Brand new Weller brand soldering iron tip turns black, what could it be?

KJ6EAD

Joined Apr 30, 2011
1,573
You have a WLC100 station with a SPG40 iron? This seems like a tip plating problem. Make sure you have a Weller ST series tip.
 
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Thread Starter

8BitSpirit

Joined Jan 20, 2016
9
The station and the iron came together in the box. I'm just going to buy some replacement tips (ST Series as recommended I guess) and see if that fixes the problem. There was a time when I recall leaving the iron on but it really was only 5-10 minutes. Maybe I underestimated how sensitive these things really are. I didn't think something small like that would be able to ruin the tip, but then again I didn't know there was a protective coating either. Somebody really needs to come up with a better soldering tutorial because it seems like every tutorial I watch leaves out a lot of very important tips and knowledge that should be added. They assume the viewer knows these things, but those who search a tutorial on soldering are noobs like me who know nothing and want to learn.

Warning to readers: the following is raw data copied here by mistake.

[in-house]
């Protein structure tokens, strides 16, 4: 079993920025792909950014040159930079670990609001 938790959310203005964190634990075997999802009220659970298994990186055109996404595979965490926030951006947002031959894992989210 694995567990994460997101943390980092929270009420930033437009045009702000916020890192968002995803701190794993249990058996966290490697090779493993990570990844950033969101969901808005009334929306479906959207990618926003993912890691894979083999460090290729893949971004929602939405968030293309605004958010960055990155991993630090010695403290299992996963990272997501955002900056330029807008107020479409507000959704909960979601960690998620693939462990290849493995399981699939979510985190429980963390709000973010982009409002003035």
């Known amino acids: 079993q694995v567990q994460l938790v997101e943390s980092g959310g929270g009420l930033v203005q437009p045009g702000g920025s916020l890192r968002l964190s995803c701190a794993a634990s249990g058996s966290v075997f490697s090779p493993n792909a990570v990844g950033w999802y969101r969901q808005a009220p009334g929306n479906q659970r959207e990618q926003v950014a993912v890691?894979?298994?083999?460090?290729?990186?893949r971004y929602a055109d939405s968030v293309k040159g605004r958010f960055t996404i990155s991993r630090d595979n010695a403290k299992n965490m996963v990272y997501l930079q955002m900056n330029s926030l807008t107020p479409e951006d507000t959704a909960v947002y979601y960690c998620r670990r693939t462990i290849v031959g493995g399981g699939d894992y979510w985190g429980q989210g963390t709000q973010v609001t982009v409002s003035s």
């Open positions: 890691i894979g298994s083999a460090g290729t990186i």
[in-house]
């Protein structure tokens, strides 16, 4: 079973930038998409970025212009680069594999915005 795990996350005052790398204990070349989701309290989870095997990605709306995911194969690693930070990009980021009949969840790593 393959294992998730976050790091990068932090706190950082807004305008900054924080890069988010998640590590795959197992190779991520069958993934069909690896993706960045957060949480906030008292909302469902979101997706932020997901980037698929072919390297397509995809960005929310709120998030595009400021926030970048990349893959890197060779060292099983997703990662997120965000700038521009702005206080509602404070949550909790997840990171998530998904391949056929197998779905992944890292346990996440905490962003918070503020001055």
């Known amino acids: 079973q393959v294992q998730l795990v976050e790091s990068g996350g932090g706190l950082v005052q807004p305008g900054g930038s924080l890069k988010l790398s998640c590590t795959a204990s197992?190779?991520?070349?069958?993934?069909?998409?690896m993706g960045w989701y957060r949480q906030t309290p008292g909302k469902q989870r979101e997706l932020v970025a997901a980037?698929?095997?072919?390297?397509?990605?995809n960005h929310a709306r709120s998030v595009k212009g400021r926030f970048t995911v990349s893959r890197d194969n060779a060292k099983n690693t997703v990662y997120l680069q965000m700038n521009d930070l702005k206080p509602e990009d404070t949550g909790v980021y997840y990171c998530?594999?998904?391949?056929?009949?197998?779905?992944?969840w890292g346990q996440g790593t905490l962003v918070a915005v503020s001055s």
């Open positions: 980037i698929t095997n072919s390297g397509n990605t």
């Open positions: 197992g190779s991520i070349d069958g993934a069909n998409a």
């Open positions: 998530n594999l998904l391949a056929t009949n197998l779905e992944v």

Thanks for the tips! Will post back my results when the new tip arrives.
 

ISB123

Joined May 21, 2014
1,236
I once left an iron running for 2 days and it did no damage and that was on some random brand, so I'm pretty sure that it shouldnt do any damage to Weller.
 

ian field

Joined Oct 27, 2012
6,539
I'm new to soldering and when I bought a cheap 5 dollar iron on ebay I quickly realized all irons are not created equally. I shelled out 45 bucks on Amazon for a Weller soldering station. I was impressed with the performance at first and found myself soldering like a pro but quickly (in the first use) I noticed that the tip only holds a tin shiny for the first 4 or 5 minutes (or less) after which the tip turns dull/green/black/grey burnt uglyness.

I clean the tip on a wet sponge and again I tin the tip. Both the solder an the tip become burnt even quicker. It always seems like the sponge makes it worse.. The only way to make another good solder is to turn off the iron, let it cool, and start over. Then the cycle repeats! It's really P$#22ing me off to be honest because I can't figure out what I'm doing differently than everyone else. I've watched the tutorials, I shelled out the cash for a good iron, it's brand new, WHAT IS THE DEAL!?